See our Best Wines Of 2018 here
With another year winding down (or ramping up, depending on your holiday plans), we find ourselves in a reflective mood. As 2017 approaches its finale, we are contemplating the things we did, places we went, and, of course, wines we drank.
Selecting the best and brightest from the many bottles we were lucky enough to taste in 2017 was no easy task. We called upon a team of VinePair staff, contributors, and other trusted wine experts to help nominate and narrow down our list of favorites. As we fervently dissected and debated our top 50 wines of the year, we installed a few criteria. All bottles needed to be readily available in the U.S. (no rare cuvées or decades-old vintages), and all had to be tasted by us in the year 2017.
Our ranking emphasizes drinkability, interesting flavor profiles, value, and, above all, deliciousness. We selected no more than one wine from each winery and did not repeat any selections from last year’s list. After much heated discussion that fell just short of actual bottles being tossed around the room, we came to a conclusion.
Without further ado, here are VinePair’s 50 best wines of 2017, ranked.
We consider Valter Fissore — Elvio Cogno’s son-in-law — to be one of the most talented, interesting winemakers in Italy. Despite receiving international acclaim for his consistent, high-end Barolos, Fissore has zero pretension. Always lively, Fissore’s wines have exceptional balance and purity of fruit. The Bricco Pernice Barolo comes from a specific vineyard plot within the lauded, long-aging Ravera cru. It’s elegant, silky, powerful, and refined, with bright red fruit, soft tannins, and a thin line of acidity that will preserve this cuvée for decades to come. It’s the kind of bottle that embodies traditional Nebbiolo, yet defies the Barolo region’s tannic, angular, unapproachable stereotypes. Elvio Cogno always maintained that this vineyard was truly special. After sipping this time capsule of a wine, we fully agree.
2. Pierre Gonon Saint-Joseph 2015 ($75)
Because Saint-Joseph is one of the largest northern Rhône crus, it’s tempting to assume that its wines are always approachable, entry-level Syrahs. Saint-Joseph, however, can be just as dramatic, complex, and expressive as nearby appellations like Côte-Rôtie and Cornas. Sniffing this Saint-Joseph is like inhaling a breath in fresh air. “Ah,” you’ll think, “so this is what Syrah should taste like.” While we could list this wine’s many aromas and flavors — pure summer berries, roses, olive brine, fresh, earthy fields on a sunny morning — there’s a je ne sais quoi that elevates the Gonon Saint-Joseph beyond tasting notes. Savor every moment of this wine; you’ll wax nostalgic about it for years to come.
3. Bérêche et Fils ‘Brut Réserve’ NV ($42)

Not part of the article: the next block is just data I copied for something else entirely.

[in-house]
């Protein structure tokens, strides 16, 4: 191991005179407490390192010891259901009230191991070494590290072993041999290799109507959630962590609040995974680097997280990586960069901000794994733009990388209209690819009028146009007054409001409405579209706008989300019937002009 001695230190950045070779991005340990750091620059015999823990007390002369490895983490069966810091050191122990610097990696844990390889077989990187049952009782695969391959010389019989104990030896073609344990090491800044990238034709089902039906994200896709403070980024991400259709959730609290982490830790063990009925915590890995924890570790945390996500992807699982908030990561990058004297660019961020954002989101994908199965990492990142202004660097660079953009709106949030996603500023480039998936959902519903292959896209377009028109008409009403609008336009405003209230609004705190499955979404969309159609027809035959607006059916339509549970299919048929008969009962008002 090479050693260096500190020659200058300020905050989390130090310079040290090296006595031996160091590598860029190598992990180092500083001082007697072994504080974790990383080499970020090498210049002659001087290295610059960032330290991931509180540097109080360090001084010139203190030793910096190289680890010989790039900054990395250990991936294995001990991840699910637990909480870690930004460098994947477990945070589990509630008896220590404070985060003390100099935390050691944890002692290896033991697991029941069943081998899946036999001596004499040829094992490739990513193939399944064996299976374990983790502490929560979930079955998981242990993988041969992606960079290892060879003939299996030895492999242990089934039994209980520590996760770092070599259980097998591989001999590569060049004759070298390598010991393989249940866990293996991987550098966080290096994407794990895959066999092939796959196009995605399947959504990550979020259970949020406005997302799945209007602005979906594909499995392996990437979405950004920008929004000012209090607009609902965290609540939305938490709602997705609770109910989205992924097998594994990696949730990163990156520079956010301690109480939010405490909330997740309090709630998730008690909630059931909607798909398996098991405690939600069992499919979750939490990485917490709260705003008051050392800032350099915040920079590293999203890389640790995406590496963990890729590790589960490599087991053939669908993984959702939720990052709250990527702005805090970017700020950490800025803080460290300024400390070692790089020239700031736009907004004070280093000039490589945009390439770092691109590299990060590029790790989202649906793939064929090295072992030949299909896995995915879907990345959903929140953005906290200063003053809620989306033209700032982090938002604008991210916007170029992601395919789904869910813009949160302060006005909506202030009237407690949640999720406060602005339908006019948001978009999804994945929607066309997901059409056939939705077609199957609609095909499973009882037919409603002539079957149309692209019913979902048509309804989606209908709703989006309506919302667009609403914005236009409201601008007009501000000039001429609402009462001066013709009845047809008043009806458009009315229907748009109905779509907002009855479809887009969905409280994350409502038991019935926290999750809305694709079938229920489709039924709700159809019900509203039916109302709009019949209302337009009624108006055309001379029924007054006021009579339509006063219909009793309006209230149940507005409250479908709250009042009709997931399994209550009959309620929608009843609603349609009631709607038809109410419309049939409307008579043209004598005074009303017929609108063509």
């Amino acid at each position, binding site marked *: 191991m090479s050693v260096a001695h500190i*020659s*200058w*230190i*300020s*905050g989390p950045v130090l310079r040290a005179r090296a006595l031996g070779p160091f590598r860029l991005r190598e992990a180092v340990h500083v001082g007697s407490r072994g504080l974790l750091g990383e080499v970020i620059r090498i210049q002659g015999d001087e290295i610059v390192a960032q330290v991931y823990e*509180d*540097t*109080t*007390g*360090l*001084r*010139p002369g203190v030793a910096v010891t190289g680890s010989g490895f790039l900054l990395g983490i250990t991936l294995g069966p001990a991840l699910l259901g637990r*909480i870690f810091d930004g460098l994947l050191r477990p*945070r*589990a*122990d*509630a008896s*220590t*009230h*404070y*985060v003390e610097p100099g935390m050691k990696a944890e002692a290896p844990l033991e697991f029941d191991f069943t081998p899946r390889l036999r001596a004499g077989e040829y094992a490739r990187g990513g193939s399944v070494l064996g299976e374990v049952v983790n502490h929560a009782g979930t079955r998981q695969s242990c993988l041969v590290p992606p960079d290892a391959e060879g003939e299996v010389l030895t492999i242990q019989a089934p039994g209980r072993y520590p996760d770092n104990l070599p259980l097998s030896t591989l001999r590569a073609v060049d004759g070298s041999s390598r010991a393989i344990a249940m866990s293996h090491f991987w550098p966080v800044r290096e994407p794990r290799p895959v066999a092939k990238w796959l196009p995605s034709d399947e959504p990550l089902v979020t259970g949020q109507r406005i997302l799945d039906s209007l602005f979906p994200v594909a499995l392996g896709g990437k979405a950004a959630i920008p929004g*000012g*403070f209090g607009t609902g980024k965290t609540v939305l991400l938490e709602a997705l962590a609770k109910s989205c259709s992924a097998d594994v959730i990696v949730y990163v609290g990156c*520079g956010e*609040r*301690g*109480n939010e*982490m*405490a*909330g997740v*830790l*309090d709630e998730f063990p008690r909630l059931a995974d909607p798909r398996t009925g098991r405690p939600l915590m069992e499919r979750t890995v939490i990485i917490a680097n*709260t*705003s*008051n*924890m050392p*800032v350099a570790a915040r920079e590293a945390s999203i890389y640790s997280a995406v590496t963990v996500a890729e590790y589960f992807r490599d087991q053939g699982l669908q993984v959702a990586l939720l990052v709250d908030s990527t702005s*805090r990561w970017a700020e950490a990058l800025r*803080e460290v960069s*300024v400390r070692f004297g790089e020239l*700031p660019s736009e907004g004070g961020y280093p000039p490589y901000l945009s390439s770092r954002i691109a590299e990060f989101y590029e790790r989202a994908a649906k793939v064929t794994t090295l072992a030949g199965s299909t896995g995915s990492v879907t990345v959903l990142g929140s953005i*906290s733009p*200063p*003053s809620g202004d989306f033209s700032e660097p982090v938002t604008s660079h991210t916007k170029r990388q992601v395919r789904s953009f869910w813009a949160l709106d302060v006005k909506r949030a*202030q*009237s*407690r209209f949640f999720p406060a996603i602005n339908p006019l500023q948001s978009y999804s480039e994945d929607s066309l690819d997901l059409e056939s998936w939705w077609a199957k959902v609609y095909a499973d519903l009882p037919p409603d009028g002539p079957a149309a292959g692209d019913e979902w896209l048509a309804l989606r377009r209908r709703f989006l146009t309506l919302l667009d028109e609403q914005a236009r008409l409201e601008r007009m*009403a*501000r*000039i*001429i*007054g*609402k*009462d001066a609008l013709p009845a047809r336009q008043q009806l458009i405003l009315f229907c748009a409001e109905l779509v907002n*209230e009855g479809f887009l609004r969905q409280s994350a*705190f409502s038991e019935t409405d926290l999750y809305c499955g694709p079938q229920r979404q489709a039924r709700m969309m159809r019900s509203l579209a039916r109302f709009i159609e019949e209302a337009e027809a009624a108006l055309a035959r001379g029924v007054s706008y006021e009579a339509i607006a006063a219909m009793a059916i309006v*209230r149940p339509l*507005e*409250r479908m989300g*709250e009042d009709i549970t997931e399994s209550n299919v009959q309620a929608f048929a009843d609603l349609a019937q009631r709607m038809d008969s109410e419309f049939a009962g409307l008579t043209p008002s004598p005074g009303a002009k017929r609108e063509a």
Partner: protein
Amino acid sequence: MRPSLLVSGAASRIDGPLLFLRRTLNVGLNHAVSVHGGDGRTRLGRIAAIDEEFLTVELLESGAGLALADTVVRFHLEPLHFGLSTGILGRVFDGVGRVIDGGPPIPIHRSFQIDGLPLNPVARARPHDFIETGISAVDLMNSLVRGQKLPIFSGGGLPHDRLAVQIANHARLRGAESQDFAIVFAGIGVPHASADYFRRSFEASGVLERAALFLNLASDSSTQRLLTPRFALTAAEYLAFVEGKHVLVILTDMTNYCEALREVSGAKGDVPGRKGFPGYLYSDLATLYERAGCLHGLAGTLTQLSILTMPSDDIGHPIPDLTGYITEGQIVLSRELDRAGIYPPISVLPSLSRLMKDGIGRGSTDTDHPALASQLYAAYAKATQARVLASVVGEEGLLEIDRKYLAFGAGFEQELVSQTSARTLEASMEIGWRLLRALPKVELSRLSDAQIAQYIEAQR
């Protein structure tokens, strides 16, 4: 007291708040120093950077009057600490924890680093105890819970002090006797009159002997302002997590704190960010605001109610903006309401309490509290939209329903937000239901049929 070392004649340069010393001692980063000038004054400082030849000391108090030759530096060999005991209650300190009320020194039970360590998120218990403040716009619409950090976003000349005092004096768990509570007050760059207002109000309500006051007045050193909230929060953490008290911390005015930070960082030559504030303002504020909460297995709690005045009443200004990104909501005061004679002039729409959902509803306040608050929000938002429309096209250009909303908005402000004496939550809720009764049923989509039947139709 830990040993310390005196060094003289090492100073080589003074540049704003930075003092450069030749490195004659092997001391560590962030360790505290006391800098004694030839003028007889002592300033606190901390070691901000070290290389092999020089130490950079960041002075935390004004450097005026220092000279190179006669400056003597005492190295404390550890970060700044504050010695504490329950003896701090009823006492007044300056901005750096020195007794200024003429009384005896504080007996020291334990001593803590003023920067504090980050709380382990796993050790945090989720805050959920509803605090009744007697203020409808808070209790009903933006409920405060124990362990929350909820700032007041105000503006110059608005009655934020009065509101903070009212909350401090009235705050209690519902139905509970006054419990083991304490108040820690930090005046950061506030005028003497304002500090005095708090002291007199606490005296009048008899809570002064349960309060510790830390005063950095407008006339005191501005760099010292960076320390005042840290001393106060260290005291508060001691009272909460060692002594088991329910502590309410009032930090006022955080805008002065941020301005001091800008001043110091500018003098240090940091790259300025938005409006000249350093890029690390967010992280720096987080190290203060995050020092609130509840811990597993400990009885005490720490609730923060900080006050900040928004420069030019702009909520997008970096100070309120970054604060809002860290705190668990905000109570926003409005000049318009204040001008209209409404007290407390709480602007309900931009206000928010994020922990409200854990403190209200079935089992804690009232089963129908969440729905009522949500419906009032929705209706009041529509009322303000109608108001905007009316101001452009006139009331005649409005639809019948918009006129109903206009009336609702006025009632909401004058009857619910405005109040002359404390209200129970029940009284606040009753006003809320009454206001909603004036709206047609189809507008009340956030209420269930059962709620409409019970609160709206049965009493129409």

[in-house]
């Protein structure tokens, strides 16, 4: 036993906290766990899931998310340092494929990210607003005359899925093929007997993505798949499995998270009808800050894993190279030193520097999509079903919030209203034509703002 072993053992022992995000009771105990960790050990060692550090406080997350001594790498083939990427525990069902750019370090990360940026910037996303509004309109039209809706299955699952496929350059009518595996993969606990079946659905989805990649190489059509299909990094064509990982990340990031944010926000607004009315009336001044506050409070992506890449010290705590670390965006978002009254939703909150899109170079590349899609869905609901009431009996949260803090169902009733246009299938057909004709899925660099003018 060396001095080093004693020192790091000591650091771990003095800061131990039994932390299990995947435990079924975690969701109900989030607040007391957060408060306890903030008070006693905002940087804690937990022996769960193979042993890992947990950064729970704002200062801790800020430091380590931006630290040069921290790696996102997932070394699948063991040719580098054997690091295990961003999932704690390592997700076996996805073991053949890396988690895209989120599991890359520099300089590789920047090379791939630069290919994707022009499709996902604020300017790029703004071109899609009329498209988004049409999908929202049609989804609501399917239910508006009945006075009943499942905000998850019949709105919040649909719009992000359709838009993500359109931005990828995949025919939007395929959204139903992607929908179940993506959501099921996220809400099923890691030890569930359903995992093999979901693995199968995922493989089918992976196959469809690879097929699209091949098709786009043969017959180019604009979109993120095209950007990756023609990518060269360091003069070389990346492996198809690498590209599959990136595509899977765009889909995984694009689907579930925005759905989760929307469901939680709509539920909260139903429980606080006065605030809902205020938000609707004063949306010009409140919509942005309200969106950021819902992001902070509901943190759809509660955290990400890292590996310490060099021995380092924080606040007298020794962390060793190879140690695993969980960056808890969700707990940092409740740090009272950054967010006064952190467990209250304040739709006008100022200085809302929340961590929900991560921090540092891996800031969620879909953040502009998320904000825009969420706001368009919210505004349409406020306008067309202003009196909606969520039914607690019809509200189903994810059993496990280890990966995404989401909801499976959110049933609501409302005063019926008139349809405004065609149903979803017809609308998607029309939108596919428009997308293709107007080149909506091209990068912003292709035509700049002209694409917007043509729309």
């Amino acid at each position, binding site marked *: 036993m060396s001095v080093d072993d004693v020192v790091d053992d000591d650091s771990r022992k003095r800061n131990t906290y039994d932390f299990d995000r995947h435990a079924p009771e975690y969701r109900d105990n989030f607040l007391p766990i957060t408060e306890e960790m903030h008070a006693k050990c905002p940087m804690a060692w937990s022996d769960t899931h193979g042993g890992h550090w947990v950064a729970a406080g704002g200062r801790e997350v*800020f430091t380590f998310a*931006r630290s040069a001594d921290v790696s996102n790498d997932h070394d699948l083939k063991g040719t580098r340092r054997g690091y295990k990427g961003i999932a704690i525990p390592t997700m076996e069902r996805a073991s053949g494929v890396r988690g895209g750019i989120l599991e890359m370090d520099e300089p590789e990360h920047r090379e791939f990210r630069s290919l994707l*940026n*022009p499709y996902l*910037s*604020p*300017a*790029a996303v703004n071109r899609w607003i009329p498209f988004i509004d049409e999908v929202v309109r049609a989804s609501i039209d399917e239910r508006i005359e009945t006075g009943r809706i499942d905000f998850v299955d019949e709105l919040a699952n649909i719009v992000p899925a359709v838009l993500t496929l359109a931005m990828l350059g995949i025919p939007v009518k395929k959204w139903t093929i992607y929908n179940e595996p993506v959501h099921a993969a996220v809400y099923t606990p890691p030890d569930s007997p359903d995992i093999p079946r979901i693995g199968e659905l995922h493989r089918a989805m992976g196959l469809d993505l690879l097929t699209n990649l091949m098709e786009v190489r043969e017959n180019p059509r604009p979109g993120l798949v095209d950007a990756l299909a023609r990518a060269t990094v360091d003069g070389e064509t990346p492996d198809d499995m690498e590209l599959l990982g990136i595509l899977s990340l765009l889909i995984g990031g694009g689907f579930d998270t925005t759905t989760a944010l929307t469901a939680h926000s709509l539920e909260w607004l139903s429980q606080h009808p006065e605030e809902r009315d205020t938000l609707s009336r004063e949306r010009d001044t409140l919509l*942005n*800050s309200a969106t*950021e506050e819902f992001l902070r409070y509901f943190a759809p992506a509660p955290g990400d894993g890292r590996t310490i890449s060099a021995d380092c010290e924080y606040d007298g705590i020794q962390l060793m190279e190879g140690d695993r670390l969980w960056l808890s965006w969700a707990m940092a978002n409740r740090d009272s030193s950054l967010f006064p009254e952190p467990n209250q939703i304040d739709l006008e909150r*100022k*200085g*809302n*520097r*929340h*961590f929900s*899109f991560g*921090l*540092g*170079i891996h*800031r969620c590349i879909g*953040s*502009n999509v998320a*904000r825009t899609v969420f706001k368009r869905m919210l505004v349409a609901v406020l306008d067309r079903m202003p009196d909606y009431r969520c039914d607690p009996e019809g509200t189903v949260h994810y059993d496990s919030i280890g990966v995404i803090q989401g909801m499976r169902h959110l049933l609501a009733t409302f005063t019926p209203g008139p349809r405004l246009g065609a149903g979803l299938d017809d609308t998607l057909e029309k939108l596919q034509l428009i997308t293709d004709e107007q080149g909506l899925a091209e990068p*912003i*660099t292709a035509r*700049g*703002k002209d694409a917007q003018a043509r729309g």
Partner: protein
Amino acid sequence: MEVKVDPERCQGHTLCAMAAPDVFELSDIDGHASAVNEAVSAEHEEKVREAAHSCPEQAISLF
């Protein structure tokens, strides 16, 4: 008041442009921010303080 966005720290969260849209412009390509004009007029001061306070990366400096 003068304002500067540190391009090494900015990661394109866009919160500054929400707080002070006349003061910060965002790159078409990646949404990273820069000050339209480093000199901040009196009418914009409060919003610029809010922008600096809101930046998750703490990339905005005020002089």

There are more terroir-driven, grower Champagnes available in the U.S. than ever before, and we couldn’t be happier about it. Among the single-vineyard, single-vintage Champagnes showcasing the region’s nuances, this bottle is consistently interesting, delicious, and a damn good value. From a family domaine that dates back to 1847, the Brut Réserve may be the entry-level bottling of a producer that makes a wide range of excellent cuvées, but it’s anything but typical. The rose gold-hued blend of roughly equal parts Pinot Noir, Chardonnay, and Pinot Meunier hits on all cylinders: racy one second, rich another, with incredible drinkability and complexity at the same time. Rich, nutty, red-fruited flavors greet the palate, with fine texture, savory minerality, and a citrusy, lip-smacking finish. C’est magnifique!
It takes solid four-wheel drive and a bit of courage to climb the winding roads beyond the Napa Valley’s tourist-filled Highway 29 to get to Cain. But reaching this spectacular, high-elevation vineyard is truly worthwhile, particularly in light of Cain’s thoughtfully made wines. The iconic Cain Five is a blend of five classic Bordeaux varieties that absolutely sing of their inherent varietal characteristics and place of origin, all at the same time. Winemaker Chris Howell’s attention to detail is evident in the wine’s complex flavor profile: restrained plum, cassis, and blackberry fruit, savory spice, stony minerality, and an incredibly long finish. This wine is a lesson in intentional, careful winemaking.
5. Alkoomi ‘Black Label’ Riesling 2016 ($16)
Australian Riesling defies Old World versus New World stereotypes, taking enamel-stripping acidity and austerity to a new level. One of the pioneers of Western Australian winemaking produces this lean, lively gem from grapes grown in the cool Frankland River region. It’s utterly classic, mixing lime candy, peach jam, and pool toy (it’s a good thing, we promise) on the nose, followed by a rush of bursting, zesty lime and long, zingy acidity on the palate.
6. Villadoria Barolo Riserva 2010 ($50)
An affinity for grapevines has been shared through the generations of the Lanzavecchia family, most recently landing in the hands of the talented Paola. Together with her father, Paola Lanzavecchia crafts a true expression of Barolo wines from Serralunga d’Alba. While a traditionally vinified Barolo Riserva from a notoriously structured cru could easily skew the way of aggressive and unapproachable in youth, Villadoria’s seven-year-old wine — a baby in Barolo years — is already stunning. Elegant and ethereal, notes of red cherries, roses, and turned earth are lifted by high acidity. This is a beautiful wine.